Yeah, duh. To be honest, I don't like this all that much as a Narbonic song, because it's not actually about a female scientist; it's about a male scientist rationalizing his attraction to his hot lab assistant ("Good heavens, Miss Sakamoto, you're beautiful!") in scientific terms. But it's still a good song, and, along with Cyndi Lauper's "Girls Just Want To Have Fun," it's the one people most often recommend to me as a Narbonic song. Without trying, I have acquired five different covers of "She Blinded Me with Science," including one by an MIT a capella group and one by the Stanford marching band. For the record, I have four versions of "Girls Just Want To Have Fun." And two contemporary covers of the circa-1929 song "My Girl's Pussy," which probably means something.

The gentleman shouting "Science!" was a real-life mad scientist, Magnus Pyke, a science writer and popularizer who appeared on British television for many years. He was reportedly less than thrilled with the celebrity he gained through the song.

The gerbils have mysteriously acquired names. Specifically, they're all named after people who were on the board of the Nonhuman Students Organization, the Vassar sci-fi club. As has been mentioned previously in these chronicles, I served proudly as First Minister in my senior year. The Kate who leant her name to the unfortunate gerbil here is the same Kate who inspired the name of the refrigerator in Monday's strip. I hope she was flattered.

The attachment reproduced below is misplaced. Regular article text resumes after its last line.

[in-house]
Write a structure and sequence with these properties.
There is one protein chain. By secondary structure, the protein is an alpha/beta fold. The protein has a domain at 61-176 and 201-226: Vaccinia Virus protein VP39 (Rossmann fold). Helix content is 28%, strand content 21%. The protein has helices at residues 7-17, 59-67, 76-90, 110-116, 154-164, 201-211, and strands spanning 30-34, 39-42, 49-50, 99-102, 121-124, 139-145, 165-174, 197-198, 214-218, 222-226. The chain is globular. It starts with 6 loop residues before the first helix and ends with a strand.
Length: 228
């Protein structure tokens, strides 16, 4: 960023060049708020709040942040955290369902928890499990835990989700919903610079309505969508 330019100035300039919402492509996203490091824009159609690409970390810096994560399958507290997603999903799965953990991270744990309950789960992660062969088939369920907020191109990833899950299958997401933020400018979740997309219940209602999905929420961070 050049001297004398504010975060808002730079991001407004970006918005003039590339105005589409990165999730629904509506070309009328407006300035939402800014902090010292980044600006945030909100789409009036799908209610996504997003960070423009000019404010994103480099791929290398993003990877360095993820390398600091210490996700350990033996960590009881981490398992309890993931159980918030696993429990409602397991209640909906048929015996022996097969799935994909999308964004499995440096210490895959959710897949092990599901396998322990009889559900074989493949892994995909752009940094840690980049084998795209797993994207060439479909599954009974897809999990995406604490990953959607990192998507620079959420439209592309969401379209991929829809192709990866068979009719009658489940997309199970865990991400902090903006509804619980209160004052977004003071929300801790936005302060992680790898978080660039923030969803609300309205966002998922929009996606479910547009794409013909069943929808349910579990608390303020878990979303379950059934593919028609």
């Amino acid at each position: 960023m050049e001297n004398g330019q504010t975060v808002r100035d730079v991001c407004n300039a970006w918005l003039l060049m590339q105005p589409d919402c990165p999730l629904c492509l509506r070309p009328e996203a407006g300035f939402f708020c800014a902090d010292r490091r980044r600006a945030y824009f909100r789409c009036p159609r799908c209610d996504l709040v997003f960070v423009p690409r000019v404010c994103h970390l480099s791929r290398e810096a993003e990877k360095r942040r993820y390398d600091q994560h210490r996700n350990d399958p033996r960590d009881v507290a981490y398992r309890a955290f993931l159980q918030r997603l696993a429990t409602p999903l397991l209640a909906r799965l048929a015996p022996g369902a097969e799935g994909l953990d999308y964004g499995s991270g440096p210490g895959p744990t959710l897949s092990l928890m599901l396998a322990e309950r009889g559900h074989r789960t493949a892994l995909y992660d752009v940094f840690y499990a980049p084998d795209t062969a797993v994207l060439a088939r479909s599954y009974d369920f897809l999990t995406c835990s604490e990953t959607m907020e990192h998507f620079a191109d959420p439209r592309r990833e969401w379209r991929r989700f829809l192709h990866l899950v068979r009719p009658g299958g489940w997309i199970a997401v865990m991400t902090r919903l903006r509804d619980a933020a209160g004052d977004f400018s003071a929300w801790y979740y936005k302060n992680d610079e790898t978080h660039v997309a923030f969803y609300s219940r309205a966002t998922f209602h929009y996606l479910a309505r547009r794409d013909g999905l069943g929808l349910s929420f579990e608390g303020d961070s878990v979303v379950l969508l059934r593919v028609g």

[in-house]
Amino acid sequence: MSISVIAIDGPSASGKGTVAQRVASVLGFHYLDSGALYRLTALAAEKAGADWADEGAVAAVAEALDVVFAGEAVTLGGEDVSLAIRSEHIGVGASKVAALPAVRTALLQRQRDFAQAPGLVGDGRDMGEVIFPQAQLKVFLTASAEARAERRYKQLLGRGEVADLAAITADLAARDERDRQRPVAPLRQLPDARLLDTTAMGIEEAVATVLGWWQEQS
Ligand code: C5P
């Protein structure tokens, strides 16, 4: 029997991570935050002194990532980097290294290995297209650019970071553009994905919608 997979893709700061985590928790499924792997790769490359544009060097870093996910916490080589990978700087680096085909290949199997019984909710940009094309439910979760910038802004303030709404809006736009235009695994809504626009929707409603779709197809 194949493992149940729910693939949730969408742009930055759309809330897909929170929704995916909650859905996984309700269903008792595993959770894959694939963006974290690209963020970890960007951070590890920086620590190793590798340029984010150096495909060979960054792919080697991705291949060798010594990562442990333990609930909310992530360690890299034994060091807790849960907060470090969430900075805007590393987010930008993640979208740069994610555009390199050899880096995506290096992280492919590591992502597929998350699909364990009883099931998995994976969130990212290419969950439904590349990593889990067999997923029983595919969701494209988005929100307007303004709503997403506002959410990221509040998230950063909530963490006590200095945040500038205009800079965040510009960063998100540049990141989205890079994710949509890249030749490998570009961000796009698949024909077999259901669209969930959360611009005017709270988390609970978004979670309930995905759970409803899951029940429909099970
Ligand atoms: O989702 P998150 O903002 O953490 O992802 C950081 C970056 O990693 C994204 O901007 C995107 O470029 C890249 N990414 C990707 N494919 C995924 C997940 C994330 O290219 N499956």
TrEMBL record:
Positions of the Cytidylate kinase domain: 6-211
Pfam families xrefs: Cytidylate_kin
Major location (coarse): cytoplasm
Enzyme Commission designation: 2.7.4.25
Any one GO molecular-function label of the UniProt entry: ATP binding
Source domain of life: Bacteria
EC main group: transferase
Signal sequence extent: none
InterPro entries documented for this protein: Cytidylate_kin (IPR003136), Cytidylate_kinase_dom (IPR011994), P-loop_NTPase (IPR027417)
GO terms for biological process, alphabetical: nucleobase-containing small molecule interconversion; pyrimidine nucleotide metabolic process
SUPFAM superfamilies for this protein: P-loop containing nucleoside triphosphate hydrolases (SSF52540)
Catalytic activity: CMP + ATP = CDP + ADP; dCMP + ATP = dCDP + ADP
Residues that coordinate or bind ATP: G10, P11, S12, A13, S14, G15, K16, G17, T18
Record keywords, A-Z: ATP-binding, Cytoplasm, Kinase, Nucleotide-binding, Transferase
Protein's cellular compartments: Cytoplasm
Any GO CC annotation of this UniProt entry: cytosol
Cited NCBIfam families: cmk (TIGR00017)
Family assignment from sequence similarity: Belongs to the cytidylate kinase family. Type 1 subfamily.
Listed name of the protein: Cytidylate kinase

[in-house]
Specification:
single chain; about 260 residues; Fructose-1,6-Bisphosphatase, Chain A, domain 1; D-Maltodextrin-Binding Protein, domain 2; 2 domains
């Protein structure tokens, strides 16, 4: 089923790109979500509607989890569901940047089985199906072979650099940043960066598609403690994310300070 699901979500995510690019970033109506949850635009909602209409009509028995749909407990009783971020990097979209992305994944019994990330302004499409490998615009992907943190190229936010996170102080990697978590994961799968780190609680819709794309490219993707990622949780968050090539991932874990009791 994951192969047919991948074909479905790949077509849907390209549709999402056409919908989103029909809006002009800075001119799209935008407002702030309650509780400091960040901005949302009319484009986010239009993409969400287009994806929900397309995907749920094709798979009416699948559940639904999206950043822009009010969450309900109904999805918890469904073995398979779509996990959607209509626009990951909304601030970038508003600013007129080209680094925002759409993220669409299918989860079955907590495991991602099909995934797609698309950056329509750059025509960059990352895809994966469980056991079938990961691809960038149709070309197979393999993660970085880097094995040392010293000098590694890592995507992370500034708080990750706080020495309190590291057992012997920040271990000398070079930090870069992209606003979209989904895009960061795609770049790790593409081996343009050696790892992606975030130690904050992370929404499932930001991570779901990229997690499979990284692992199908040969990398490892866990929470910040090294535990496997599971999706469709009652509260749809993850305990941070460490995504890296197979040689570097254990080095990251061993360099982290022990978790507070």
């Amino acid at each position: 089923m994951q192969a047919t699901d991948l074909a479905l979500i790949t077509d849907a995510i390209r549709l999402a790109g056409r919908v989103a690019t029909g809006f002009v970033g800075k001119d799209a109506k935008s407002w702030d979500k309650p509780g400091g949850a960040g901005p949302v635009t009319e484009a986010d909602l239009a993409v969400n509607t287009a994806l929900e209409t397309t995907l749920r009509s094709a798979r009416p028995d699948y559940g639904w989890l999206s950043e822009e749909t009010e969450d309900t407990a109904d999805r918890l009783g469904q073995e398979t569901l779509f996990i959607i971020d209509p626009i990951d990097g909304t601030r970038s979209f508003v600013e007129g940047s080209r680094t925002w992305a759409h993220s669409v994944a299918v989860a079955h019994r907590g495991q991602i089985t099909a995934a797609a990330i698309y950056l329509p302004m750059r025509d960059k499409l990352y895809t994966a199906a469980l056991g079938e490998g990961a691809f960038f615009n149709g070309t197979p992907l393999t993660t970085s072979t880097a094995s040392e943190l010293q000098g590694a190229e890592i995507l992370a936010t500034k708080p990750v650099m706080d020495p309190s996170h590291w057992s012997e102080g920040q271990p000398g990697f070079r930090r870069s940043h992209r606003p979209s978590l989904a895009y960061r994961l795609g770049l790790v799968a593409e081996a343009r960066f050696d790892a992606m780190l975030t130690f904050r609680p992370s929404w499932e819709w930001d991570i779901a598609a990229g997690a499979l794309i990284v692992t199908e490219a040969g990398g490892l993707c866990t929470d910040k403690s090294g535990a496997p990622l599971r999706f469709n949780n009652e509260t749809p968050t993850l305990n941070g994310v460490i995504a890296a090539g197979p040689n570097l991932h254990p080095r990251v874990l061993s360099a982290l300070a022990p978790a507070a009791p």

Back to the song list...

6. "Mastermind," by The Divine Comedy

So tell me what the hell is normal
And who the hell is sane?
And why the hell care anyway?
All the dreams that we have had
Are gonna prove that we're all mad
And that's okay

The Divine Comedy is one of my favorite bands. Their awesome song "Songs of Love" was used as the theme music in the equally awesome BBC series "Father Ted," and I didn't even know that when I bought my first Divine Comedy album. I was listening to it on my headphones at lunchtime while innocently eating a plate of pad thai, and suddenly HOLY CRAP IT'S THE FATHER TED MUSIC. Andrew and I still liked it so much that we included it on our totally boss wedding CD. Anyway, this is the most Narbonic-y Divine Comedy song I've got. "The Certainty of Chance" is pretty good, too; I thought of it a lot while writing the post-visible-eyeballs Dave.